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To not do anything for LO's birthday?

(17 Posts)
LuluLovesFruitcakes Tue 03-Jan-17 15:10:09

It's DS' 4th birthday in February, but I'm testifying in court in the week beforehand and then we're both going on a sort of holiday straight after. (properly out myself there!)

My family expect me to hold a party for DS, but I really don't have the energy to cope with a party, or with a string of guests. So I won't be doing that. But really, I don't want to do anything at all.

Would it be totally unreasonable and out of order if I just set aside some money, take him to a toyshop (or sit on the laptop at home) and let him pick whatever he likes to then be wrapped up - bake a cake together, ice it together and just do a small thing just the two of us with no one else around because I don't have the energy to put up with anyone ?

FeliciaJollygoodfellow Tue 03-Jan-17 15:11:12

If hey expect it, they can host it.

Aeroflotgirl Tue 03-Jan-17 15:12:29

No you don't have to host anything. A fami,y day out or something. If they want a party, they can host it!

FeelingSmurfy Tue 03-Jan-17 15:14:19

Doesn't need a party or get together but I would either buy presents you think he would like or use the money to take him out, maybe while you are away, rather than have him choose his own presents then wrap them up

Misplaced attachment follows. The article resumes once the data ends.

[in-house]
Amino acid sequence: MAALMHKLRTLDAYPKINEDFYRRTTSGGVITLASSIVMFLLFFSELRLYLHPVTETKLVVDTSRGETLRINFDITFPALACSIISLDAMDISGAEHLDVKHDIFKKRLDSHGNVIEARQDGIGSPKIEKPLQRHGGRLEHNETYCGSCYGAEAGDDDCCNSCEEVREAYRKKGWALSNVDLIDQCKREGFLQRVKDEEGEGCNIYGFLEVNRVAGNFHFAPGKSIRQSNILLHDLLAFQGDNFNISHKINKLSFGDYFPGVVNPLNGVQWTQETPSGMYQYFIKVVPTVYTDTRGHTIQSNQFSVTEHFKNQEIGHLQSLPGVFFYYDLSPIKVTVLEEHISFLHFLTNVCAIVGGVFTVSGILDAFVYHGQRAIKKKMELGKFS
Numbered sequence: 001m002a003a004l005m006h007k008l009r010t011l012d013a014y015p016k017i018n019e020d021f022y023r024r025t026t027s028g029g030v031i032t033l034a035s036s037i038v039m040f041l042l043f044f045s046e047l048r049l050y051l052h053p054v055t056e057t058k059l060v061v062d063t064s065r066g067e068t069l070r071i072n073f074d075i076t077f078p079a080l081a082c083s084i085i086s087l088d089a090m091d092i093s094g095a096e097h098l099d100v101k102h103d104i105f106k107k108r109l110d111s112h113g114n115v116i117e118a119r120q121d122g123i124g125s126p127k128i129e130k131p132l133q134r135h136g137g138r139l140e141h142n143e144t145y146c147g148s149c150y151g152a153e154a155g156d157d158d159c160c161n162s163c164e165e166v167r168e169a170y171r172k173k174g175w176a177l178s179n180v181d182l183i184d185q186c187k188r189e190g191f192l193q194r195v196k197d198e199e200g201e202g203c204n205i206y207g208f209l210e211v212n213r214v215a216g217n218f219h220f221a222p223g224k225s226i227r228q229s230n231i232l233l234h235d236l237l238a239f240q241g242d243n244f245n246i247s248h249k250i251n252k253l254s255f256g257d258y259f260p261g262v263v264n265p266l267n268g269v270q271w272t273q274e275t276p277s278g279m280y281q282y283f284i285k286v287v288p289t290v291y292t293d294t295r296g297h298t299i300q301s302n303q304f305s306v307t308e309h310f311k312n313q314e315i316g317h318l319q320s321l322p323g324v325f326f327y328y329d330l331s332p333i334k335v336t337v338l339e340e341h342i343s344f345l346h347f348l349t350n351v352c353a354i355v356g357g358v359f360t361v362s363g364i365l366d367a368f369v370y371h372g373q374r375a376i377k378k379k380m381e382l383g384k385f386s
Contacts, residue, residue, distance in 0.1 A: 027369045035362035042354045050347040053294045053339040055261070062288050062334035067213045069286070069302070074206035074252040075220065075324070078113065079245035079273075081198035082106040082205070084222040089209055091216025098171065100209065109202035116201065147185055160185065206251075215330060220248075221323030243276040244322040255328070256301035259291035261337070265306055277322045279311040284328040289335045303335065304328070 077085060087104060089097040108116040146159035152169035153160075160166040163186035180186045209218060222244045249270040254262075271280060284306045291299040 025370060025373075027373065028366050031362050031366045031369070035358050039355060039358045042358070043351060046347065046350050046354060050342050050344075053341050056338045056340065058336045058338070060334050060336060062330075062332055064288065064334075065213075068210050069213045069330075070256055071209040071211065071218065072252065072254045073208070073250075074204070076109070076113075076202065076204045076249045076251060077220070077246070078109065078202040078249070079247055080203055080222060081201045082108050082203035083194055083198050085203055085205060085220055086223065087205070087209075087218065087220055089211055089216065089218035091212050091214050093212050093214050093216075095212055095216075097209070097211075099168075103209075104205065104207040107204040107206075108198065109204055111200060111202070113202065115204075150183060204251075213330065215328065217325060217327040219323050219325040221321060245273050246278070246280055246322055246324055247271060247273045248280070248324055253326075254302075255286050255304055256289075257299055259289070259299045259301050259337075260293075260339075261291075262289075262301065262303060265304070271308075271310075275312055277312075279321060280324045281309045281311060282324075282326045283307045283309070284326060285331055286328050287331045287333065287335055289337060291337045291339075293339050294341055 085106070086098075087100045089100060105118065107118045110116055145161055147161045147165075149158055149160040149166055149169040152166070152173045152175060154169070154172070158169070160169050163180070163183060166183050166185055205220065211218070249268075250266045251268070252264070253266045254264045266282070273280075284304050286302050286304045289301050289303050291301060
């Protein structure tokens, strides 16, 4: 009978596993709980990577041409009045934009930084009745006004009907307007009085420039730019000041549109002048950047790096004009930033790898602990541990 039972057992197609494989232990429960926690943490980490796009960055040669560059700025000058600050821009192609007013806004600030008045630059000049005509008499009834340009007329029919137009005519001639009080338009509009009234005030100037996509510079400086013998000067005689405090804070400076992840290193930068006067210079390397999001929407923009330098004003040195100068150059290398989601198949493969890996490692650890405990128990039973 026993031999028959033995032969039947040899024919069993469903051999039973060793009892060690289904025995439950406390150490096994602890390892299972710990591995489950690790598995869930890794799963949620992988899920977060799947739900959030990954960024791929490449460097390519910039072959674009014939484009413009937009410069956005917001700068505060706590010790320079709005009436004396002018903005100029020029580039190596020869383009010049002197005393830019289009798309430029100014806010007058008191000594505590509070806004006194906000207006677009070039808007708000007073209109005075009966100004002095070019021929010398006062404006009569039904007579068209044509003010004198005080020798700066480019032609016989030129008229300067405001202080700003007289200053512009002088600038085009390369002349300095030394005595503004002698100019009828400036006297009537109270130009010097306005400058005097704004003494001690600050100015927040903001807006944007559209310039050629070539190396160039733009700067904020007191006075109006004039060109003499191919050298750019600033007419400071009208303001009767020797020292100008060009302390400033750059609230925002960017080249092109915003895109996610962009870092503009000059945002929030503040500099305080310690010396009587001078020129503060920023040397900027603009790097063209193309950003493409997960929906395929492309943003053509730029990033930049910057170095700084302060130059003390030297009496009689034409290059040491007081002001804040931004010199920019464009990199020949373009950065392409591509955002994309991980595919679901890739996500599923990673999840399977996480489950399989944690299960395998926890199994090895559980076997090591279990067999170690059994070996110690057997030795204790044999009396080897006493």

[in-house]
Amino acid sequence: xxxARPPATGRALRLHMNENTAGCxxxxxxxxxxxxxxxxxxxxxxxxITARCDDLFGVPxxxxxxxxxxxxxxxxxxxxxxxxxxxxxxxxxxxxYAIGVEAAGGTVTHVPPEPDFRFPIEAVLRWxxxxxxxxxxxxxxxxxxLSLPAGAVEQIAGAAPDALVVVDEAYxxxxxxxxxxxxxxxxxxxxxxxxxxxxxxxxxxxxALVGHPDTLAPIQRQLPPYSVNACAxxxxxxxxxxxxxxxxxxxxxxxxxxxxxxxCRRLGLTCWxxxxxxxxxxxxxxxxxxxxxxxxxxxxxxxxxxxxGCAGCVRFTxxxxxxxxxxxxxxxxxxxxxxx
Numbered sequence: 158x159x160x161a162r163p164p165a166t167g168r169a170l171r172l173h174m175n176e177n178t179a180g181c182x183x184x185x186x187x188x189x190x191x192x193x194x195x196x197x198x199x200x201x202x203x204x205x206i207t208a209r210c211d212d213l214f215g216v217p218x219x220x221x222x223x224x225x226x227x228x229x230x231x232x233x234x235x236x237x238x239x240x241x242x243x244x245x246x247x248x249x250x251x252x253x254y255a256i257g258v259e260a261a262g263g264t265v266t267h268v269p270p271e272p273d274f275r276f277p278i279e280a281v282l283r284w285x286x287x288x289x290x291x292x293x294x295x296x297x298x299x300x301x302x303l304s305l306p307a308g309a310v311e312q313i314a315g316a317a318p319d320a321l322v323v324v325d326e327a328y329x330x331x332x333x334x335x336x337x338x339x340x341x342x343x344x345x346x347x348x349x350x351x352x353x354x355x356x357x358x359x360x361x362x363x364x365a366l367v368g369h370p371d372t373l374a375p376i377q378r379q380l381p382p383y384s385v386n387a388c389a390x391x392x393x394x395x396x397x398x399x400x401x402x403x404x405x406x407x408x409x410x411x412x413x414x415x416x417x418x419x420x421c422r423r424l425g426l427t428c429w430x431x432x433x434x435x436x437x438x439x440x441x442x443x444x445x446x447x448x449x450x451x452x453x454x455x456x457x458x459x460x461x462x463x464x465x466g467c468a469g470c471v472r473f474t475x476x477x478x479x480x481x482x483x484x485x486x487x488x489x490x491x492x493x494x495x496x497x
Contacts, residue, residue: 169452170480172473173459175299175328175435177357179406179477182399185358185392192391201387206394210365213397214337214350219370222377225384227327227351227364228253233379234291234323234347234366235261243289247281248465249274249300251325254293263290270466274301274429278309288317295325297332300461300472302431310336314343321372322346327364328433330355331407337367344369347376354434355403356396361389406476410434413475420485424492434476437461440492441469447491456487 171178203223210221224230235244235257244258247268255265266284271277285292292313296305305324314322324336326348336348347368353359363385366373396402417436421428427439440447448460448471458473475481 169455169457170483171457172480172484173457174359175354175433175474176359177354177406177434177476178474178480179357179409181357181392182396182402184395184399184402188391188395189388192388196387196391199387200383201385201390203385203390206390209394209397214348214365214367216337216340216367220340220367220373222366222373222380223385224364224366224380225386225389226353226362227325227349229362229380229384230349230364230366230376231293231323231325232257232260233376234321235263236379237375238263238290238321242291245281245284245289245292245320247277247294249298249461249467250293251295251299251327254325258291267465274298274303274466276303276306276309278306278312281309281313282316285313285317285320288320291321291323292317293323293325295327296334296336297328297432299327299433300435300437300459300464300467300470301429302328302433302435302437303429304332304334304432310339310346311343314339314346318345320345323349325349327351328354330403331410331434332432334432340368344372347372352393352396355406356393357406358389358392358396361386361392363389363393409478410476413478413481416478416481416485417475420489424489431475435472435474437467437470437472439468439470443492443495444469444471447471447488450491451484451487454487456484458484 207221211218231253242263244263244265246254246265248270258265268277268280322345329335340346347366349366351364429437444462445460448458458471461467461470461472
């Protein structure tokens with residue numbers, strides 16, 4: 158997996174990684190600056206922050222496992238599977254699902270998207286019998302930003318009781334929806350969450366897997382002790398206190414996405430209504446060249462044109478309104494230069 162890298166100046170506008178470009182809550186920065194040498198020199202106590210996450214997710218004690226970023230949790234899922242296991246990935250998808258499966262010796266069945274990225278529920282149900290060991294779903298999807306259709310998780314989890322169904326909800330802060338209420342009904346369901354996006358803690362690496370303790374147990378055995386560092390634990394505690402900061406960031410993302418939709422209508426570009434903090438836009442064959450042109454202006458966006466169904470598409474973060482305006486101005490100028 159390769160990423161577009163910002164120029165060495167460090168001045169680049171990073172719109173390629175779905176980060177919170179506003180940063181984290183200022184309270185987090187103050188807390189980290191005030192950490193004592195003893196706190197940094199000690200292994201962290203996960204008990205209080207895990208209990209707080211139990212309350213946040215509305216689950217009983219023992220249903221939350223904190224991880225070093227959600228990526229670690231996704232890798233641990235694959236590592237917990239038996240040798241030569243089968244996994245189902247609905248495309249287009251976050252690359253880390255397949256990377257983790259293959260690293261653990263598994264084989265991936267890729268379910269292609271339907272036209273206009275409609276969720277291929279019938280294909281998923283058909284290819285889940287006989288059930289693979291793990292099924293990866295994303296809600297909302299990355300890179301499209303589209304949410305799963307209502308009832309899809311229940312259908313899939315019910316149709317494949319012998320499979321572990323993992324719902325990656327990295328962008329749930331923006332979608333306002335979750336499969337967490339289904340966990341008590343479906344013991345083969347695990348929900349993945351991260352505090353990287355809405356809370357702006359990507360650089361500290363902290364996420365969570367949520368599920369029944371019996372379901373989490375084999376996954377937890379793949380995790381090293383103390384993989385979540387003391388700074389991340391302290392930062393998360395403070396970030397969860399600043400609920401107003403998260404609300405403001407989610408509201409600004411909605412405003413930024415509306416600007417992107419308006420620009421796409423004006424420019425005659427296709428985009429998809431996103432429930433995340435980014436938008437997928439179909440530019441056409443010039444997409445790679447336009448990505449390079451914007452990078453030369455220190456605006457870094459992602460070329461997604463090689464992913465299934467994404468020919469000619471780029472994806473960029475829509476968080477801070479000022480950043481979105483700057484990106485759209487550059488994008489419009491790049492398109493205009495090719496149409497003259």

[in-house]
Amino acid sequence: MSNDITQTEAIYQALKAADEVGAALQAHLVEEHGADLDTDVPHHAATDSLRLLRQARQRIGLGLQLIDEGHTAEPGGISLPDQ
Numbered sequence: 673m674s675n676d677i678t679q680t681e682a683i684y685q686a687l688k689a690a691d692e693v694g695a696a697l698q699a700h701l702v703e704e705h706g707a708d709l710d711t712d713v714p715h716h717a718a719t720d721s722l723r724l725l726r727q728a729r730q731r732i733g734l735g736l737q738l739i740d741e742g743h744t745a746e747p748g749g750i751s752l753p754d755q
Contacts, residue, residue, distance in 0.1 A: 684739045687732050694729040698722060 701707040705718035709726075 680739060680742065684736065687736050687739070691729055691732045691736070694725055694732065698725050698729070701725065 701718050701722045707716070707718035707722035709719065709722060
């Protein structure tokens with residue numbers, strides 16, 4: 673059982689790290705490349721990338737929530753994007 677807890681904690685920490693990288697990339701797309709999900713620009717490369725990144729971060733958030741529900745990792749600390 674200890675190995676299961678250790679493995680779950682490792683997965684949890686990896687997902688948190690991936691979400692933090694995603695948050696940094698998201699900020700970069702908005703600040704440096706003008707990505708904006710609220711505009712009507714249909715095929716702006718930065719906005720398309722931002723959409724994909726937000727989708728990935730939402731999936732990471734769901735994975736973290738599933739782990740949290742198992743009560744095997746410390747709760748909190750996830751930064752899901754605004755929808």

If you can't think straight to work out what he would like then you could ask on here, just say the sort of things he likes doing/watching

Muddlingthroughtoo Tue 03-Jan-17 15:14:37

Does he want a party? If he does then I'd say you're being a bit mean. Part of being a grown up and a parent is doing things that you done times don't want to do. Sometimes I don't want to haul my butt to rugby on a cold Sunday morning when I'm ill, I'll still do it though.
If he doesn't, then maybe you could take him out for a meal, trip to the zoo, at least do something a bit special to mark his birthday.

FooFighter99 Tue 03-Jan-17 15:22:09

My mum has pressured me into holding birthday parties for my DD's 4th and 5th birthdays.... But as she insisted, she paid for them!

There is however, absolutely no need to have a party every year (or ever for that matter) and my DD would have been just as happy with a family meal.

Do what makes you happy and don't be made to feel like it isn't good enough, because it is! flowers

ILostItInTheEarlyNineties Tue 03-Jan-17 15:26:13

If members of your family went to come to you to drop off a present and wish him Happy Birthday, then that's not an unreasonable request. Perhaps tell them you won't be having a party but they're welcome to pop in?

If your son has a close friend then perhaps he could have them over for tea and cake on his birthday? That won't be too much trouble for you. My children always loved having a friend over so that could be his treat?

You don't have to organise a huge do for his birthday to be special.

LuluLovesFruitcakes Tue 03-Jan-17 15:29:25

I haven't asked him if he wants a party - he has absolutely no concept of time so if he decides "yes I want a party" in his mind that's a party right now, not in a months time if that makes sense?